Remember that scene in the Karate Kid (the original one) when Mr. Miyagi promises to give young Daniel karate lessons but ends up making him wax cars, in a very particular manner, until he is exhausted? (Click here to watch it.) What Daniel doesn’t know (until later) is that he is developing muscle memory and strength and actual skills for karate.
I wrote headlines for The Globe and Mail’s news section for about six years. I didn’t realize it at the time but the skills I was practising in writing headlines would, much like the young Karate Kid’s car-waxing lessons, serve me later when I wrote my novel. I’ll share them here because even if you never have occasion to write a headline in your life, they will help you write.
The thing about writing headlines for a daily newspaper is you have to do it, and fast. You can’t do your laundry first or make coffee or visit Twitter. Deadlines are firm and they keep coming.
This is how you write a good headline: Write down the first idea that comes to you. This is important: You must write it down. You must commit it to paper (or the screen). Just put it down, no matter how lame. And know this: that first idea will very likely be lame. This is important, too. The lameness will free you to create: You won’t be so in love with it that you will fail to see it’s flaws.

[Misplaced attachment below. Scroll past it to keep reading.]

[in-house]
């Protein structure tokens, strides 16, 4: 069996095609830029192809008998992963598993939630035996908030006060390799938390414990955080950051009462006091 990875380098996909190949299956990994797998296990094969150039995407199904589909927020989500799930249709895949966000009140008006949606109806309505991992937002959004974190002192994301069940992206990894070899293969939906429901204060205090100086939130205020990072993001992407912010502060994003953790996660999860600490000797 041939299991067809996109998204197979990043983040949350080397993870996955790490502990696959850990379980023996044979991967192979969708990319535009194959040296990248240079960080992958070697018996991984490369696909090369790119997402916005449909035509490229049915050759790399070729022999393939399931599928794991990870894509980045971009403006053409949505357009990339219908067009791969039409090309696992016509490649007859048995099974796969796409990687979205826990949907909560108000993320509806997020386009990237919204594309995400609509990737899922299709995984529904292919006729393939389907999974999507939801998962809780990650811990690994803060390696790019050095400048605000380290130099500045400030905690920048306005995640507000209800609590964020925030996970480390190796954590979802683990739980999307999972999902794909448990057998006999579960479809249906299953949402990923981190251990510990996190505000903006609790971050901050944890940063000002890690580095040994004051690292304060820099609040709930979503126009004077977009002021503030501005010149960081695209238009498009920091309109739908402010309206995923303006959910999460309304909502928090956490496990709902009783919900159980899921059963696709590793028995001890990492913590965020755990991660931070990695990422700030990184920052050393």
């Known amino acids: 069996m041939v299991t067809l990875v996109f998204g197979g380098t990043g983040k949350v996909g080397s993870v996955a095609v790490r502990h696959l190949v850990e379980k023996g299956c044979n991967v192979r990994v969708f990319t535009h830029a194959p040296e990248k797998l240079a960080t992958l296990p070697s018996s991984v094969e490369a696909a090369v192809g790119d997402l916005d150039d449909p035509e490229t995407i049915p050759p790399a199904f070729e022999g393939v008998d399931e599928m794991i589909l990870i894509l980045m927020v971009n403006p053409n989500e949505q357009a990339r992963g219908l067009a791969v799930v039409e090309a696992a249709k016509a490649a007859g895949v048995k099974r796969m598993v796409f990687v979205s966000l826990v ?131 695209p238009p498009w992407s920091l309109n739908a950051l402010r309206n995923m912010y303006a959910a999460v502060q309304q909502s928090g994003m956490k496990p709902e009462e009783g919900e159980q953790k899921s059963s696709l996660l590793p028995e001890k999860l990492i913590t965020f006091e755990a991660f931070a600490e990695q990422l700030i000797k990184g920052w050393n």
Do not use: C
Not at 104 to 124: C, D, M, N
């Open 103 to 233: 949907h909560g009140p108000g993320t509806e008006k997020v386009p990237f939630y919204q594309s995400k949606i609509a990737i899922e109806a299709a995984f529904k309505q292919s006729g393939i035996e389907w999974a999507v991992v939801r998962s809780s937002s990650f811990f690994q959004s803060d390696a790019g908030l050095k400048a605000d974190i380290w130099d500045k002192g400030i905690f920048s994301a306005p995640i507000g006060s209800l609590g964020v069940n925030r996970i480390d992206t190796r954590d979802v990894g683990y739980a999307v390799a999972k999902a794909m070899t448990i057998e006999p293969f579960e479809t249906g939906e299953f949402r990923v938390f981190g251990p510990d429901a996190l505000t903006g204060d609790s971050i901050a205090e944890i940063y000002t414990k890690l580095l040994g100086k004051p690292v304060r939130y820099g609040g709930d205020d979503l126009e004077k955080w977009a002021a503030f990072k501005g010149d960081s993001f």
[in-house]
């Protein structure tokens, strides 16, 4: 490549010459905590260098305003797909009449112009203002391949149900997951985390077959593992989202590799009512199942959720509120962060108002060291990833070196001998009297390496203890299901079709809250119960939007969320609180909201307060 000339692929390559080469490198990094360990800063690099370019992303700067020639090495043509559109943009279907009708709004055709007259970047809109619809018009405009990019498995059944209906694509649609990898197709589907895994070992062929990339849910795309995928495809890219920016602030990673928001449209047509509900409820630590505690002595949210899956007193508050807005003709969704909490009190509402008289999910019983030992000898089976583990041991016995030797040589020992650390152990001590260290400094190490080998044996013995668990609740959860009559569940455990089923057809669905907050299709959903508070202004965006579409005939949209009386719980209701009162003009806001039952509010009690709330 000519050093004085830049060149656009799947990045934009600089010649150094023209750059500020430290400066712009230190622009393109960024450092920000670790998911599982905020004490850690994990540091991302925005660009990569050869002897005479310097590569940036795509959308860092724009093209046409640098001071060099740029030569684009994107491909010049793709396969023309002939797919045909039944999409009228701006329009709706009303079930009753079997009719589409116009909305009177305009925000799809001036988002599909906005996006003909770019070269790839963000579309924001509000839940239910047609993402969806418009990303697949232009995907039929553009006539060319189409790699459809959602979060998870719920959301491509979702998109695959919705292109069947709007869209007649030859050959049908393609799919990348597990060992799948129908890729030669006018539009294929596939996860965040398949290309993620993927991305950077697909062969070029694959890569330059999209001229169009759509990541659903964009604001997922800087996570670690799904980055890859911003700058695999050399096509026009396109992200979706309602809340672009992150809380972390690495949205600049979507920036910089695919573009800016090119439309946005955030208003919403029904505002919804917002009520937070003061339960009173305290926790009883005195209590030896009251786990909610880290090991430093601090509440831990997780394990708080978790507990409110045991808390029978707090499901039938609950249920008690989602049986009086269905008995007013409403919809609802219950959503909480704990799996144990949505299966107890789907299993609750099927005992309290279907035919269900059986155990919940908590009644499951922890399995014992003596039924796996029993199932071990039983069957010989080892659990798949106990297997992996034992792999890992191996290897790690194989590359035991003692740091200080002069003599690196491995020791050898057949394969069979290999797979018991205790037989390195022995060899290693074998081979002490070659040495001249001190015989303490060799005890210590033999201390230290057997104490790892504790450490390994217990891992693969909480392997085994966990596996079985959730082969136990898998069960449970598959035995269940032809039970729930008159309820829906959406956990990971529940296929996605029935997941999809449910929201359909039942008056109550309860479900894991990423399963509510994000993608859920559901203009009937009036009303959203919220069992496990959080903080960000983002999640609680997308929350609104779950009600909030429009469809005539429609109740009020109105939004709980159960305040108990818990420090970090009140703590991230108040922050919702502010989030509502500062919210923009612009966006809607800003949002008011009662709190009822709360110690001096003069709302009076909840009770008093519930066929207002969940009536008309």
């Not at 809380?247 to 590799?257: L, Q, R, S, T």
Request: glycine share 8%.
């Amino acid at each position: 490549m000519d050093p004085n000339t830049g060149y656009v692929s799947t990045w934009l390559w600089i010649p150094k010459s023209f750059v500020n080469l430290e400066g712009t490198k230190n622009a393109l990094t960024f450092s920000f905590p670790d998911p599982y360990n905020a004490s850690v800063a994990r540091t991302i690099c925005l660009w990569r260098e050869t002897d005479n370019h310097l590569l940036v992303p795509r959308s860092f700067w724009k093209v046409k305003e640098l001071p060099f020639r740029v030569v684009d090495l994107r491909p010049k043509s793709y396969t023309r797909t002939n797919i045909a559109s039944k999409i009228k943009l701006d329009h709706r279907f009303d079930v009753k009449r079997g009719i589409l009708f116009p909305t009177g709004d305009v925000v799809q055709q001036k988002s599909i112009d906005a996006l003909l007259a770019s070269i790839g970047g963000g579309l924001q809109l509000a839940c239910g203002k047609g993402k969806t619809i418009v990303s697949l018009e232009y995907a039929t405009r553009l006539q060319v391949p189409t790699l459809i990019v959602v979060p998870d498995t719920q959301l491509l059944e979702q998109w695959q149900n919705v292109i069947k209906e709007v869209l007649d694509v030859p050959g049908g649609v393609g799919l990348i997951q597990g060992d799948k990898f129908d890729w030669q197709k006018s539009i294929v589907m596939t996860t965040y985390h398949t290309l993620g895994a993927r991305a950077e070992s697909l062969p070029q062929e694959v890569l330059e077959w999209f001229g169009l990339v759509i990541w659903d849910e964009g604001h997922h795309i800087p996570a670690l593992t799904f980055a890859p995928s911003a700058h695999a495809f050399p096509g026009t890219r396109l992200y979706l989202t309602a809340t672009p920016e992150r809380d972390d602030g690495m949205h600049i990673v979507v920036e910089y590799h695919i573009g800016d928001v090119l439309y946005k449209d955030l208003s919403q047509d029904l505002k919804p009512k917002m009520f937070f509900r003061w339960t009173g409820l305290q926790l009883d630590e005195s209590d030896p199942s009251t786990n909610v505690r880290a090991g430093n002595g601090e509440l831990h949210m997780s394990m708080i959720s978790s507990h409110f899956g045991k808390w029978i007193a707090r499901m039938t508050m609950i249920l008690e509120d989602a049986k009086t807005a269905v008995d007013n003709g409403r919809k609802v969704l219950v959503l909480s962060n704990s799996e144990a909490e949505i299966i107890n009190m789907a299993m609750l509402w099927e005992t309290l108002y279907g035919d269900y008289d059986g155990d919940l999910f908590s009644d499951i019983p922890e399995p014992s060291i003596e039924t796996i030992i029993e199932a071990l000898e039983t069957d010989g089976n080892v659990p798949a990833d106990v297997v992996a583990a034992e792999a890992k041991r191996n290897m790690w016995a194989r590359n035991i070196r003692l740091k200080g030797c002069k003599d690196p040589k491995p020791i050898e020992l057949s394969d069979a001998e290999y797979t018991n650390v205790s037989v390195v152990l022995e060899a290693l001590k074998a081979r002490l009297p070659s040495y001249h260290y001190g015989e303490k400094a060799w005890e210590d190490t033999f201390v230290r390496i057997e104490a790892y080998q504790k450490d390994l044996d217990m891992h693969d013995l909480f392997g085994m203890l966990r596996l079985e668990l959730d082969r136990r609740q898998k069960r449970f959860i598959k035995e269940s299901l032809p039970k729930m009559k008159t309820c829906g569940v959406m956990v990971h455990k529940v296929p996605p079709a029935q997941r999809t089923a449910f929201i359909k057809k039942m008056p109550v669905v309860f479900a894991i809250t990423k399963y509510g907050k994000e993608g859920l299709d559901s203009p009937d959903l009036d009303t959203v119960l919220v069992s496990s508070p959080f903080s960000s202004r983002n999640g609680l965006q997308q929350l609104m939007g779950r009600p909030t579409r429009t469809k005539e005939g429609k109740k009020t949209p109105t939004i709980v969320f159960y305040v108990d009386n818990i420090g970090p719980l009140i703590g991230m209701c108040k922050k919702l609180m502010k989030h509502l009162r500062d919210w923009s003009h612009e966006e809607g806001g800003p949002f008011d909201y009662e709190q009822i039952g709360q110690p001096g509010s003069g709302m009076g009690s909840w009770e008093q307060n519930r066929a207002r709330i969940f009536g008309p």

And then you fiddle and tweak, considering why this particular word is not quite right or that particular angle is off. And before you know it, you will have a good headline. It works. I promise. Not every headline created this way is brilliant. But every headline is workable.
It isn’t effective, at least it wasn’t effective for me, to play out this process in your head. You’d think it would be. Headlines are usually only about 5 to 8 words long. Why not just hold these words in your head? Because, as every non-enlightened human being knows, the mind cannot remain still. It keeps flitting and moving and floating and not settling on anything.
Imagine a potter trying to create something without first throwing down a slab of clay. Impossible, right? You need raw materials to create. For writers, the raw material are words.
When it comes to writing creatively, I follow this method. I did it with each line, each scene, each chapter of my novel until I finished it.
Do you want to write fiction but are having trouble getting going? Commit something to paper, a line or two or a page or two. Whatever is flowing. Examine why you think it’s bad. And then make it good.